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Vol. LXI, No. 6
March 20, 2009
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Creative Model Offers Bird’s-Eye View
New Biennial Report Hits the Streets

On the front page...

Dividends from the NIH Reform Act of 2006 keep coming. The latest is a 565-page Biennial Report of the Director, released in print earlier this year. Unlike prior documents that offered an institute-specific view of the agency’s work, the new report shows how the 27 institutes and centers, along with various other NIH components, work together across IC lines on the nation’s largest medical research enterprise.

“This is a new model for trans-NIH reporting,” says Anne Scanley, a program analyst in the Office of Science Policy and primary lead for producing the report.

Continued...


The revamped Biennial Report of the Director, National Institutes of Health is available in print, via flash drive and online at http://report.nih.gov/biennialreport/. An earlier CD version was distributed to Congress last year.

More than 18 months in the making, the document was mandated in January 2007 by Congress as part of Public Law 109-482 (NIH’s first omnibus reauthorization since 1993). The new law spelled out specific requirements about what the report should contain, and one thing was clear: the old way of assembling the data would not work. IC reporting had to undergo a complete overhaul. That also meant writers had to start from scratch, on a tight deadline.

“The planning and evaluation community really rolled up their sleeves and tackled this,” explains Scanley. “I have never been prouder to be part of a committee. They did a lot of creative thinking and met the deadlines. It was really remarkable.”

Once upon a time, reports on NIH research activities were sent to Congress regularly by individual ICs, Scanley recalls. The Health Research Extension Act of 1985 called for a consolidated biennial report to be submitted by the NIH director and “written, edited and organized in a manner that will assist the Congress in oversight responsibilities.” The NIH director prepared the document, with ICs continuing to chip in their individual parts. Still, the reports failed to capture the true interinstitute, cross-boundaries nature of 21st century NIH.

By the Numbers
In the Belly of the Biennial

Collecting a huge volume of information on all of NIH’s research activities and recasting it for public consumption is not a job for wimps. Just ask Anne Scanley, a program analyst in the NIH Office of Science Policy and veteran of large-report development who led the team that revamped the massive publication NIH must give to Congress every 2 years—the Biennial Report of the Director, National Institutes of Health.

“I sometimes call it the ‘B-monster,’” she jokingly admits.

Below is a look at the report by the numbers:

  • More than 140 people crafted the report, not including those who contributed data or other information;
  • 15 teams (representing the 27 institutes and centers, the Office of the Director and such OD components as the Office of Research on Women’s Health and the Office of AIDS Research) wrote the topic sections;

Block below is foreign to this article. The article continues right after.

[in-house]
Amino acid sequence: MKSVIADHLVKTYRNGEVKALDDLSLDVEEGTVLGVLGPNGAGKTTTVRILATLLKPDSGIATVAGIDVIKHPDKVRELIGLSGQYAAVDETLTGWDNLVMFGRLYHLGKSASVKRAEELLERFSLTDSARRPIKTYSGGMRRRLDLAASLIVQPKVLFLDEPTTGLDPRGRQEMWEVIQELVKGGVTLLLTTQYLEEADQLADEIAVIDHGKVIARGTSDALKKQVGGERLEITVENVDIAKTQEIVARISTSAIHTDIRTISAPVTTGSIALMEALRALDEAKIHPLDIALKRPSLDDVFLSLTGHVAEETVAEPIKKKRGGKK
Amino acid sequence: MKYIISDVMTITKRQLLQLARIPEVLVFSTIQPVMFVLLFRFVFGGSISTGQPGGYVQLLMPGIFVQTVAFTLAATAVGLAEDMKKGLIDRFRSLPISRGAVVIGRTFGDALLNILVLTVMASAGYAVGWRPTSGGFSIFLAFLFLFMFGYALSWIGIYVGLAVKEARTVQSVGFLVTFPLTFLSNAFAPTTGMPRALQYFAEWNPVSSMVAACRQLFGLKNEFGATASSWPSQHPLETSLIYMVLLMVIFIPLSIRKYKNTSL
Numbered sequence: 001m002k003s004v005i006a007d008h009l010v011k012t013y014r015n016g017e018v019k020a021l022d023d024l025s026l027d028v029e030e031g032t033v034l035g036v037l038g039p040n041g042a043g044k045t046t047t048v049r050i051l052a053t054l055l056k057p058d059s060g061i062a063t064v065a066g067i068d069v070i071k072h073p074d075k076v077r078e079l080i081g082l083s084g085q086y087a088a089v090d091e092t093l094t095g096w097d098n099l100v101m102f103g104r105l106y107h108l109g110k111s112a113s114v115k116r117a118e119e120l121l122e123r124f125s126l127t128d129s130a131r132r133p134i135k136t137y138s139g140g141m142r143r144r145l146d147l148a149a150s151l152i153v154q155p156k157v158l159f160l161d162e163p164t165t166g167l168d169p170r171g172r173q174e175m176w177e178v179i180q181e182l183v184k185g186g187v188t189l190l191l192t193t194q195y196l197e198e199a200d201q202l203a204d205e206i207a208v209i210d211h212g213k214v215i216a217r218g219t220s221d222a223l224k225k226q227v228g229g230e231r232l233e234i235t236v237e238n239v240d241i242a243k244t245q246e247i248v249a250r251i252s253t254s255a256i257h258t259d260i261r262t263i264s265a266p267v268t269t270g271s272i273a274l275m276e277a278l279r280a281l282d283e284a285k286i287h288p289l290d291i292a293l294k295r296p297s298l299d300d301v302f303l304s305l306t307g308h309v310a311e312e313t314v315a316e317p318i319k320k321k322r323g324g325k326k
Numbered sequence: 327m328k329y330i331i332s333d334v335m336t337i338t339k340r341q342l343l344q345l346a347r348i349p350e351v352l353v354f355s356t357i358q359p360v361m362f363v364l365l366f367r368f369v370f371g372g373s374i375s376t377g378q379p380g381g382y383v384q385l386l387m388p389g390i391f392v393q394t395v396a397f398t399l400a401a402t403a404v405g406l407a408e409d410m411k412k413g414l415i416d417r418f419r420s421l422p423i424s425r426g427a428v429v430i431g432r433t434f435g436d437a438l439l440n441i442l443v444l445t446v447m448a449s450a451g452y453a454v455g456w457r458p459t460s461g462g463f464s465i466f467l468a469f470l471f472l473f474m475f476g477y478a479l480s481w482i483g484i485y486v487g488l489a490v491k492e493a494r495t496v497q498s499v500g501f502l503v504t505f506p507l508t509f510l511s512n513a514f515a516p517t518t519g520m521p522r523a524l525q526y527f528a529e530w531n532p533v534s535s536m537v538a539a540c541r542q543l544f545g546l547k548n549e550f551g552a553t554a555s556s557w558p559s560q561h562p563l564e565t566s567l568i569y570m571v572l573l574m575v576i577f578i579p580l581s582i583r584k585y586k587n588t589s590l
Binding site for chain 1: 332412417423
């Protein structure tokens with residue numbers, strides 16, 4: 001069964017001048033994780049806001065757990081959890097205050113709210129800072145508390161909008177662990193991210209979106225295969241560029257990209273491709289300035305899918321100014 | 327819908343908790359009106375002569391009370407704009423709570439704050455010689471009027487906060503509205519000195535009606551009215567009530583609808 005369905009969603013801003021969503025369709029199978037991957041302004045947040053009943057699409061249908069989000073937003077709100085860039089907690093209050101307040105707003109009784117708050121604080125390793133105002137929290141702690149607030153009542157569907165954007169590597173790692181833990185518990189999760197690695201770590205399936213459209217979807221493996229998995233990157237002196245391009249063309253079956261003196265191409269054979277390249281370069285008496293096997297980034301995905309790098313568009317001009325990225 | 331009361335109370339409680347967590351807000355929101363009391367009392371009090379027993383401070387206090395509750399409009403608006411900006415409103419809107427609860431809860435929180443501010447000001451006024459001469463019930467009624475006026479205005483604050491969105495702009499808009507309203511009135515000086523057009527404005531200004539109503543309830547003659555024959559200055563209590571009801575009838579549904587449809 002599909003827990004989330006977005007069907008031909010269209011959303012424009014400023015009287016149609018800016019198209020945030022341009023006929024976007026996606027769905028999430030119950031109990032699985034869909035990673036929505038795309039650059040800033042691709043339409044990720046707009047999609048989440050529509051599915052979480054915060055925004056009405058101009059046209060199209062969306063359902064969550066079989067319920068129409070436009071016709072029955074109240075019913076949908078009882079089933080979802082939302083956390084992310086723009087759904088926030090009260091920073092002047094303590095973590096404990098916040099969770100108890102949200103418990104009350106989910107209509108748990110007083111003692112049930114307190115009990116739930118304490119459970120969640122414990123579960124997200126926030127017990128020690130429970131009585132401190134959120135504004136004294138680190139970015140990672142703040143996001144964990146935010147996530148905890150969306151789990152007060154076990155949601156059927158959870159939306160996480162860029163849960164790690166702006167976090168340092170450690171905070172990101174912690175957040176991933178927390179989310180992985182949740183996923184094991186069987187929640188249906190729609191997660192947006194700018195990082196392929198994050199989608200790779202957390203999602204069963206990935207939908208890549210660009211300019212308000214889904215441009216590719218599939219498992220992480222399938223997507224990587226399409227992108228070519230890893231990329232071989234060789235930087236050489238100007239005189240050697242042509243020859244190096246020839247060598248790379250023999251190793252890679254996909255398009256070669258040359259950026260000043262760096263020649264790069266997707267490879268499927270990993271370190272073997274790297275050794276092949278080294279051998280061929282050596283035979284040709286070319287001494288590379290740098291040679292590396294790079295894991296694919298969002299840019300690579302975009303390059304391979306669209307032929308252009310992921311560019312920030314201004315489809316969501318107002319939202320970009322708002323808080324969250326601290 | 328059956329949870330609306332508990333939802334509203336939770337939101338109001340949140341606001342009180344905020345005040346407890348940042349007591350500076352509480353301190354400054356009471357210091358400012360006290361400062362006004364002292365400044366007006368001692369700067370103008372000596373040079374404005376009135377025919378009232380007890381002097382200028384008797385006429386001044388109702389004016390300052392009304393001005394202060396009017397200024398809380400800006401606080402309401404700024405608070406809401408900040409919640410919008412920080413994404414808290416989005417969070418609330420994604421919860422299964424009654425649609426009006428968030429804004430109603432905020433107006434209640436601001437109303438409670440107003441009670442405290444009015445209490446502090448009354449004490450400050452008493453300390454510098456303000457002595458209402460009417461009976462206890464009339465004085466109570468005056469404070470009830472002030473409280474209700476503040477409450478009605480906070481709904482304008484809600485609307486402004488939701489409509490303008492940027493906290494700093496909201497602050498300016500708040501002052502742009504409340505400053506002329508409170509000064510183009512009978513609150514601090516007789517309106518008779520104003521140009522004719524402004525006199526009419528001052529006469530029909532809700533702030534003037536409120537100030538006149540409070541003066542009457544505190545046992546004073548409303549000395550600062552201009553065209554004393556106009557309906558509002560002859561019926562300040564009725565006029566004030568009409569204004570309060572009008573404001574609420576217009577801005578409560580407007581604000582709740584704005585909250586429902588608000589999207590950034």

• 7 broad disease and 8 other categories contain summaries of NIH research activities;
  • 40+ sets of internal NIH clearance comments were received following the first draft;
  • 2 fiscal years—2006 through 2007—are covered in the report;
  • 6 appendices add documents or excerpts of documents that further support the report.
With its endorsement of then-NIH director Dr. Elias Zerhouni’s vision of a more integrative, collaborative research enterprise, Congress asked for a report that reflects the new trans-NIH spirit.

More than 140 people working in about 15 teams outlined the framework of the report and drafted its contents. Then came clearance and edits—from each IC and component and from the Department of Health and Human Services. A preliminary version was printed and burned onto CDs and sent to Capitol Hill last June. The final, including a detailed index and attractive layout, hit the streets in January 2009.

In softcover book format, the 2-color report has a few photos and graphs, but is mostly dense with data divided into five broad chapters. It also contains an introduction and overview of NIH—with an assessment of the state of medical and behavioral research by Zerhouni—in-depth sections on six congressionally mandated centers of excellence, and appendices. Information is described in terms of disease category, research approach or resource—not IC.

Scanley says one of her favorite features is the comprehensive index that is based on the same medical subject headings that the National Library of Medicine uses for its searchable online literature databases. The biennial report, too, can be found on the web at http://report.nih.gov/biennialreport/. Owing to the nature of online documents, the report’s web version is enhanced with several clickable sections and links that further organize the huge amount of data in digestible chunks. In addition to the printed version, the report is also available on flash (thumb) drive.

So, now that the report is finished, can it serve as the biennial template ever after? In a word, no. The same reauthorization law that called for the new report also asked NIH to develop a different way to provide funding information about the research the agency supports. Scanley explains that the birth of RCDC—Research, Condition, and Disease Categorization, the new sorting mechanism that also debuted earlier this year—means the biennial report will have to be reconfigured yet again. With the structure of RCDC now in place, Scanley says, report writers are hoping that the data collection phase of the report, at least, goes much easier and faster. NIHRecord Icon

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